Inspiration. Inspiration is an interesting, exciting and the same time very frustrating mistress. It comes and goes whenever she likes. I think for the creative projects it is the most difficult part or you could simply call it the beginning. The beginning is hard for any creative industry unless you’re a creative monster full of brilliant and amazing ideas.
I always struggle with the beginning, I research, I look, I try and always fail. I look for inspiration everywhere and no where, one day I go and browse the whole Internet, go out and look for places but other days I will be so frustrated that I will just forget about it all and stop thinking. Sometimes I must say it works, they always say stop looking and it will come to you. One sunny morning with a cup of coffee in the garden or less inspirational atmosphere like doing the laundry – it will just appear or in the worst case scenario it will appear when you’re out in town and perhaps not carrying a pen and next morning it is a tricky job to remember what exactly you came up with. I wouldn’t say I am the most creative person, definitely not, that’s why I need to work on my ideas to be able to get at least something out of it. But development process is a very different story so I’ll talk about it later.
My inspiration came out of no where, while I was cooking one of my famous dishes. I like cooking, makes me think about deep and interesting subjects. So, it’s just came to me, out of nowhere. Perhaps, I shouldn’t say that because we always see things, learn and experience new things every day. But I definitely knew that I want to focus on social issues and something that is current and I have feelings and strong opinions about. What I had in mind is that I wanted to put a strong message across to people and I started visualising, brainstorming and doing bits of research now and there.
Bellow you can find my scribbles of some mind mapping. First I wanted to focus on Environmental Portraiture, we had the same project
in first year and I truly enjoyed working on it. I wanted to find an interesting object where I would focus on a particular field, however I couldn’t think of anything substitutional not on the Internet nor in my head. Then I received an interesting email with an opportunity to volunteer at the local prison and I thought: ‘BINGO’! Brilliant idea, no one from my peers would do the same and I can create something really good out of it. But after some consideration and talking to my parents and my partner, we all decided against it for the sake of my own safety and emotional state (I must say I am very emotional person), so I had to think of something else.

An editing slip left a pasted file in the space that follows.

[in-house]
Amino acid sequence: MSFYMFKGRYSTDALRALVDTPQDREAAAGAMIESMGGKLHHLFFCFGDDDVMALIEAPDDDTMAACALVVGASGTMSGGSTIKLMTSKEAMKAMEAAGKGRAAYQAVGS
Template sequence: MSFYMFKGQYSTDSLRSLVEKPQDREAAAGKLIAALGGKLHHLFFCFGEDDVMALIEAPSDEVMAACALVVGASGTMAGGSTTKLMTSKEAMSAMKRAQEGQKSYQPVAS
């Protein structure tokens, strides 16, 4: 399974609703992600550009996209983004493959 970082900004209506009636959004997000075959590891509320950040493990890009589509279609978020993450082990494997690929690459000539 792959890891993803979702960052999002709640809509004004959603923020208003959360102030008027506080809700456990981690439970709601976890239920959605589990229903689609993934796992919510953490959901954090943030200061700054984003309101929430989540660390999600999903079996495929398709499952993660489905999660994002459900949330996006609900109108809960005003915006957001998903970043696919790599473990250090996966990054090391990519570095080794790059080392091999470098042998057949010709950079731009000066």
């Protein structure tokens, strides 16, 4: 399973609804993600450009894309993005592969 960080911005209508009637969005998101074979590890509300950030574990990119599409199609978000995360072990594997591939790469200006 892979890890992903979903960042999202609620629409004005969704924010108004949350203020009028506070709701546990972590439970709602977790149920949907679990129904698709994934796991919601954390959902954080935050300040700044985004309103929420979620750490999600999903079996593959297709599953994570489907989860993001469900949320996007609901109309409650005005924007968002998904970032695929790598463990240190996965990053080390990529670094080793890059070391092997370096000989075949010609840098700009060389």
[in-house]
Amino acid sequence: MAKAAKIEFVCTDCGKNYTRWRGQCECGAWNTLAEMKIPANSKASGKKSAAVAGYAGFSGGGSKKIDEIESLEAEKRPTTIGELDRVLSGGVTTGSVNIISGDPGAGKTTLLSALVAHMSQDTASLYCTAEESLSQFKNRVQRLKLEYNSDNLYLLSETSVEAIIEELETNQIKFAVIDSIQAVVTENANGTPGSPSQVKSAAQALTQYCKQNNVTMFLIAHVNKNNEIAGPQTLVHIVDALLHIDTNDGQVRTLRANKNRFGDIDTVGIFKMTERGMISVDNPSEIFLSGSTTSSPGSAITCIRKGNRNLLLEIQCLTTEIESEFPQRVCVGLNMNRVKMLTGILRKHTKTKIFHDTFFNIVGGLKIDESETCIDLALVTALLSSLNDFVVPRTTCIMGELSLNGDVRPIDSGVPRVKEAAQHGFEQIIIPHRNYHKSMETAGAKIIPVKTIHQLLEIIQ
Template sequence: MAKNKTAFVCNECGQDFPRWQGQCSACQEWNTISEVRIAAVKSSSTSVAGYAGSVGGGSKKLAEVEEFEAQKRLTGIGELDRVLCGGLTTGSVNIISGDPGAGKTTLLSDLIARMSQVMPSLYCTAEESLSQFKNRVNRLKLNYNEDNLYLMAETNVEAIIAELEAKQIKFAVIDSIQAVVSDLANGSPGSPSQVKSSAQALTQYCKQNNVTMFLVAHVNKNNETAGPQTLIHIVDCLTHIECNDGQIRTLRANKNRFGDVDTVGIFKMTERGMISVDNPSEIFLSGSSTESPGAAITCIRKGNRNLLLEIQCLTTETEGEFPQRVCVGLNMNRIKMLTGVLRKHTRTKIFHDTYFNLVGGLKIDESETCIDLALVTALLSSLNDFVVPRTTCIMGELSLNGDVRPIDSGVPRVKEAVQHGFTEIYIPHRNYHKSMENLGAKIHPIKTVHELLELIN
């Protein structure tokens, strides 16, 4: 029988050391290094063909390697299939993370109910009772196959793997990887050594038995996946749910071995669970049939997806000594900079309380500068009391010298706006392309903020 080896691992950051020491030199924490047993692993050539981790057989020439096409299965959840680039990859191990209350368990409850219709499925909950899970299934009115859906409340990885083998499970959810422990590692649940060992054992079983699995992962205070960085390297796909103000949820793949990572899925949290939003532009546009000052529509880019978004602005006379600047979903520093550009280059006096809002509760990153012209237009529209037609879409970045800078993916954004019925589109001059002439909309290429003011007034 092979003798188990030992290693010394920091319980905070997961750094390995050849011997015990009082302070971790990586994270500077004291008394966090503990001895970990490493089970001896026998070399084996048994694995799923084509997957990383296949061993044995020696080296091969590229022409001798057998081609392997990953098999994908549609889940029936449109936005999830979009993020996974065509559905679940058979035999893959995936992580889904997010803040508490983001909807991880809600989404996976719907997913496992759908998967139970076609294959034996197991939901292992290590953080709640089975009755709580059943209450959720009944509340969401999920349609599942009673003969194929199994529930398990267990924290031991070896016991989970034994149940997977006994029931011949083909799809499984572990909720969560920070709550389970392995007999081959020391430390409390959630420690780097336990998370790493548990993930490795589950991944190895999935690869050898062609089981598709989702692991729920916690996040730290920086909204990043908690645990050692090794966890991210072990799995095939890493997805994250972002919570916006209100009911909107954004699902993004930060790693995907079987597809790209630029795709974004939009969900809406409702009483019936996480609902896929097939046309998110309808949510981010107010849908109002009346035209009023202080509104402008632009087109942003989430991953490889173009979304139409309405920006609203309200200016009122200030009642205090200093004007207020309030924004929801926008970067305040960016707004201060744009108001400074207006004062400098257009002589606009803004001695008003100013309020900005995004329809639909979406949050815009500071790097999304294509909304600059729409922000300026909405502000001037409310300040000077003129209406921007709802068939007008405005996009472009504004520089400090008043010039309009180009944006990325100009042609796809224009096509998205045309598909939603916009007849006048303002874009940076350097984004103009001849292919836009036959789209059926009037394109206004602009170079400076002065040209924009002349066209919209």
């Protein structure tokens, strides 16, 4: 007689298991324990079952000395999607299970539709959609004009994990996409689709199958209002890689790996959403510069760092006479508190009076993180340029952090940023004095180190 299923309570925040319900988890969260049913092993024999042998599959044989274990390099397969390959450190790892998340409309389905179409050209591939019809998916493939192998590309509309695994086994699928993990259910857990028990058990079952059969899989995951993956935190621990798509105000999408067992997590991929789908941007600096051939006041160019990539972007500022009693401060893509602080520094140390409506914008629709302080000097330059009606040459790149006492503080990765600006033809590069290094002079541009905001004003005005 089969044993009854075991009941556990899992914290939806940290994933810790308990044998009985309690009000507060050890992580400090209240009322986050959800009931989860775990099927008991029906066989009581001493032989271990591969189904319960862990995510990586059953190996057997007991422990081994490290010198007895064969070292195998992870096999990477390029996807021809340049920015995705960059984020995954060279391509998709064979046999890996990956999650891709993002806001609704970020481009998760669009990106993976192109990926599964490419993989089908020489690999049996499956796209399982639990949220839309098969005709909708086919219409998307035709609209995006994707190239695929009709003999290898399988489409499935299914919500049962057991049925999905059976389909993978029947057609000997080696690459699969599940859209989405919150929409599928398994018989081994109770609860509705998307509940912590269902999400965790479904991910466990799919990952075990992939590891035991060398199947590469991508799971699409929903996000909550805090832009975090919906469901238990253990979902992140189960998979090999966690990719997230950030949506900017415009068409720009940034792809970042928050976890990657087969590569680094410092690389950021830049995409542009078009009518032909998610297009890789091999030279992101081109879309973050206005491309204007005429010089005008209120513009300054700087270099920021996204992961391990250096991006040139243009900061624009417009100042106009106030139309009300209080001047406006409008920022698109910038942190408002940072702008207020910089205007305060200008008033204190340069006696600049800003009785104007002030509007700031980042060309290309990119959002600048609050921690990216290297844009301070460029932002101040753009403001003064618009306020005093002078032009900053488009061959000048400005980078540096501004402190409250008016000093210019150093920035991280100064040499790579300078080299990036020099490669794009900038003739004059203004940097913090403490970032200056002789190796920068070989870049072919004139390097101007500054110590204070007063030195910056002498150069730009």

I always liked Martin Parr’s ‘This is England’ and later discovered for myself Tony-Ray Jones, I like the way they both have portrayed England. Tony-Ray Jones was the first one who produced an exhibition called ‘Only in England’ he documented English customs and identity during 1966 and 1969. National Media Museum described his work as humorous yet melancholy and I think even if I tried really hard I wouldn’t find other words to describe as well as they did. It is certainly humorous and brings the smile to to your face and at the same time brings some kind of nostalgia, unexplainable nostalgia. I shouldn’t have this feelings because England is not my native land, but this unexplainable sadness brings something special to his work. At the time he produced it, there was nothing like that around that’s why his work attracted Institute of Contemporary Arts (ICA) in London where they exhibited his work in 1969. Tragically, in 1972 Ray-Jones died from Leukaemia aged just 30. However, his short but prolific career has had a lasting influence on the development of British photography from the 1970’s through to the present.